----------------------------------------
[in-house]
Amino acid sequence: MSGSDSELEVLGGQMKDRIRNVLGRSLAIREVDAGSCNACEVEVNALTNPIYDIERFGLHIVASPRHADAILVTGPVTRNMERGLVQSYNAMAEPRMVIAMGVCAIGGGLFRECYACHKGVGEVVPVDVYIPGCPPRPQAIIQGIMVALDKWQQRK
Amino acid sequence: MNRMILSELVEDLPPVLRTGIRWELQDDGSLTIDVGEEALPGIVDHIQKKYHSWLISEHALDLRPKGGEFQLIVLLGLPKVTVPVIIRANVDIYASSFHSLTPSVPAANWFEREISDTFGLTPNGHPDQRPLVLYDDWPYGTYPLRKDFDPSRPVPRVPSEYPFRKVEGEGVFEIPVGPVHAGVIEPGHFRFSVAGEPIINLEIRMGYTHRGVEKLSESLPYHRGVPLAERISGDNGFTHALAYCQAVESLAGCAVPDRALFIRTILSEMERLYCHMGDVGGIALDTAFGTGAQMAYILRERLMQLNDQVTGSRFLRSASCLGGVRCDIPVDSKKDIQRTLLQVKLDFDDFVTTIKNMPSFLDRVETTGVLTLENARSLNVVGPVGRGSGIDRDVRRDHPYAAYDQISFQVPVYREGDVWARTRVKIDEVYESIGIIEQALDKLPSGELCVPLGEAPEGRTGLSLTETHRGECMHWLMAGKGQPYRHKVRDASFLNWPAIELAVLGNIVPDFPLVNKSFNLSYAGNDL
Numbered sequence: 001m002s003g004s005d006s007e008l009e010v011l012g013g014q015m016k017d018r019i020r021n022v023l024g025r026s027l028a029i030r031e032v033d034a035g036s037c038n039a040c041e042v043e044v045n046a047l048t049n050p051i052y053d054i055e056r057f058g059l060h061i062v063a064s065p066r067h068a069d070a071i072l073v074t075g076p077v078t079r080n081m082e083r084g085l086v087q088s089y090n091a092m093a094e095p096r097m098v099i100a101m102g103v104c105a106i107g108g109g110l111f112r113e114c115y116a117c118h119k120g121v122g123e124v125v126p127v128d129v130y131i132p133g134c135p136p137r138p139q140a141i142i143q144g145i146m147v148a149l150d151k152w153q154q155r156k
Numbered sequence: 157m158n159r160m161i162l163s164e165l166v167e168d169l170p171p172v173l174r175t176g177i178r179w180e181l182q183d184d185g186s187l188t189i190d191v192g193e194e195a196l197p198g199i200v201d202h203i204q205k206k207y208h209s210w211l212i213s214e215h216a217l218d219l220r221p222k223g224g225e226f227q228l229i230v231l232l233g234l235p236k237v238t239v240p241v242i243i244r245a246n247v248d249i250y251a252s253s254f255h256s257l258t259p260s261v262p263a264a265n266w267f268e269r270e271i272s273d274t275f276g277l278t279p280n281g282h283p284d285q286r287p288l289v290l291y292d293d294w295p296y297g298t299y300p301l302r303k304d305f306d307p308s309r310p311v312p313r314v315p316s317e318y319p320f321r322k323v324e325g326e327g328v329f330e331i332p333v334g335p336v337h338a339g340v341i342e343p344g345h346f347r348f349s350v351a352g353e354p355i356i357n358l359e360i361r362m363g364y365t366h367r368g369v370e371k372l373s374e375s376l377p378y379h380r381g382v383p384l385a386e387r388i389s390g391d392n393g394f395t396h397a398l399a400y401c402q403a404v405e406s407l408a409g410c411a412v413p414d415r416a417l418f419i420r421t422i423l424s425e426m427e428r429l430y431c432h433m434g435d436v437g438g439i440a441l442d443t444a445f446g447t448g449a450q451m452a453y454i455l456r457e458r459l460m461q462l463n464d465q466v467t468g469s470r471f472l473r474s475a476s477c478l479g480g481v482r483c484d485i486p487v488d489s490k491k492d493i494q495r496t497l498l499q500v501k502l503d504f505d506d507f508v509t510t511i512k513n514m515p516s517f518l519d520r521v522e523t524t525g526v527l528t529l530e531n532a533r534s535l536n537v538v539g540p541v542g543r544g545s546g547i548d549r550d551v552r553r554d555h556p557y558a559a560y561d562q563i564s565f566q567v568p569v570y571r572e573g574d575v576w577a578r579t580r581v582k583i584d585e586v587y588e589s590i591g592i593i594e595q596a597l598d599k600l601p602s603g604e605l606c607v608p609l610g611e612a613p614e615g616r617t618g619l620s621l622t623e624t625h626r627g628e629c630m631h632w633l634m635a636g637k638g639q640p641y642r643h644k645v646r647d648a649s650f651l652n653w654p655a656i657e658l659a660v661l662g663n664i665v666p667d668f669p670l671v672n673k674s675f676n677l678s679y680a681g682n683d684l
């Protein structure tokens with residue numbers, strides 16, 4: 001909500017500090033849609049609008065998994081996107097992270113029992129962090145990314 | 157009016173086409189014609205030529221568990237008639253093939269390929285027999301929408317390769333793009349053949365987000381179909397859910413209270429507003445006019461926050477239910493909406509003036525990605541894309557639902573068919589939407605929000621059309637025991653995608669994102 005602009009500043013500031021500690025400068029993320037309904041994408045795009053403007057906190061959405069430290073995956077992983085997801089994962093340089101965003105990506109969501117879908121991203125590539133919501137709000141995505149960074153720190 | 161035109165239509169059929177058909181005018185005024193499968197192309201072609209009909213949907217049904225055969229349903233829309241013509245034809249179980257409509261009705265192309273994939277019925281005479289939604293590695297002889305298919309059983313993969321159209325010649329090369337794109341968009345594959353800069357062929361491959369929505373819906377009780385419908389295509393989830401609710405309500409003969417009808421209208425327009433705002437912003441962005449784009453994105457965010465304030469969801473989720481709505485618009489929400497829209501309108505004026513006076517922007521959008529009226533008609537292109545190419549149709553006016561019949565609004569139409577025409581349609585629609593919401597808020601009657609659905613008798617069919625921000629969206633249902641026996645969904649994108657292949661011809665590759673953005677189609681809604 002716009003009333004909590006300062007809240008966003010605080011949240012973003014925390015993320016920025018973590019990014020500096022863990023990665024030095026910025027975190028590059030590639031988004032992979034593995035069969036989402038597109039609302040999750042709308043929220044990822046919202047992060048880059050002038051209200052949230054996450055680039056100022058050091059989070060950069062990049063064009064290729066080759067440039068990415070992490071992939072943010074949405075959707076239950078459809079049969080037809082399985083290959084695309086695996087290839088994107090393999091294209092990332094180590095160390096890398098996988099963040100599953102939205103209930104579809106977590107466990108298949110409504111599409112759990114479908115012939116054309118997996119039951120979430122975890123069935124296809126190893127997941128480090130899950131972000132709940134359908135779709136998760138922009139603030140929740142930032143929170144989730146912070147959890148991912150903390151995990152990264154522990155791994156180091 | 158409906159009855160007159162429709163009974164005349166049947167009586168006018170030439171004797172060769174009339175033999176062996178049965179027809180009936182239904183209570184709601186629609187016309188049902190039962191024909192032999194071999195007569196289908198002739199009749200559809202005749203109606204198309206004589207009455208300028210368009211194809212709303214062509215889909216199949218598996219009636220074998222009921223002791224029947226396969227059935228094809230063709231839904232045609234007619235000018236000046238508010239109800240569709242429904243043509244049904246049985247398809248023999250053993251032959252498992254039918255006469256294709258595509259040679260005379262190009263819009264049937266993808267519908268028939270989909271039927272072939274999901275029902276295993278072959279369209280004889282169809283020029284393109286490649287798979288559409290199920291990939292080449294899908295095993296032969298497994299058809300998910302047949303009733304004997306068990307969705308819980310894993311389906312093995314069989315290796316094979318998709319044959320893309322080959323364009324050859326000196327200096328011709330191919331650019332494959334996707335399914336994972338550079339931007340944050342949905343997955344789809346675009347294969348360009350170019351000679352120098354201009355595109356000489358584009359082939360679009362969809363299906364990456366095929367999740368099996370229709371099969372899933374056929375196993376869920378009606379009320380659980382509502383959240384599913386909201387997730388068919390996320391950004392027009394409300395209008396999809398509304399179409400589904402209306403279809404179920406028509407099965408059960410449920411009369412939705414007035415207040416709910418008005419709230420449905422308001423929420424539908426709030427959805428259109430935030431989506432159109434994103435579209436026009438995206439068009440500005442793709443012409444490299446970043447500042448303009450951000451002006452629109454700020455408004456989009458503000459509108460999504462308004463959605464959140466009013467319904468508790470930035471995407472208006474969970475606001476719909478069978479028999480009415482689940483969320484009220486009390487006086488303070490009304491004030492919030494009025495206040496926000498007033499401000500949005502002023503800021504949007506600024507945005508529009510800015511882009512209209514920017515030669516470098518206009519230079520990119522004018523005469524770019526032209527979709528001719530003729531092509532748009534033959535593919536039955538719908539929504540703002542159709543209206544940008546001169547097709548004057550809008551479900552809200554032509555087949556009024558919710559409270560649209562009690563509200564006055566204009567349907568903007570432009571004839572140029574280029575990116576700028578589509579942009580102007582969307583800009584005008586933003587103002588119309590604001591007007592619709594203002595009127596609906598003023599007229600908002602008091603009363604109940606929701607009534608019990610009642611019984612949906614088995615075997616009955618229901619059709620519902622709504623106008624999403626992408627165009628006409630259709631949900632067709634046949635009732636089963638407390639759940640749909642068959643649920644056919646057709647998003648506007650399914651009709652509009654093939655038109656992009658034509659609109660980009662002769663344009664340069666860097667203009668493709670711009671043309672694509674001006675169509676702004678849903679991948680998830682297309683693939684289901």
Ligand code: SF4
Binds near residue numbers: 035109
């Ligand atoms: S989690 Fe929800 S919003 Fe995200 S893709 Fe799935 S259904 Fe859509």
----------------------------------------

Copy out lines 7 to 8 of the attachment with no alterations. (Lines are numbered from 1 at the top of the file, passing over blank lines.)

Ligand code: SF4
Binds near residue numbers: 035109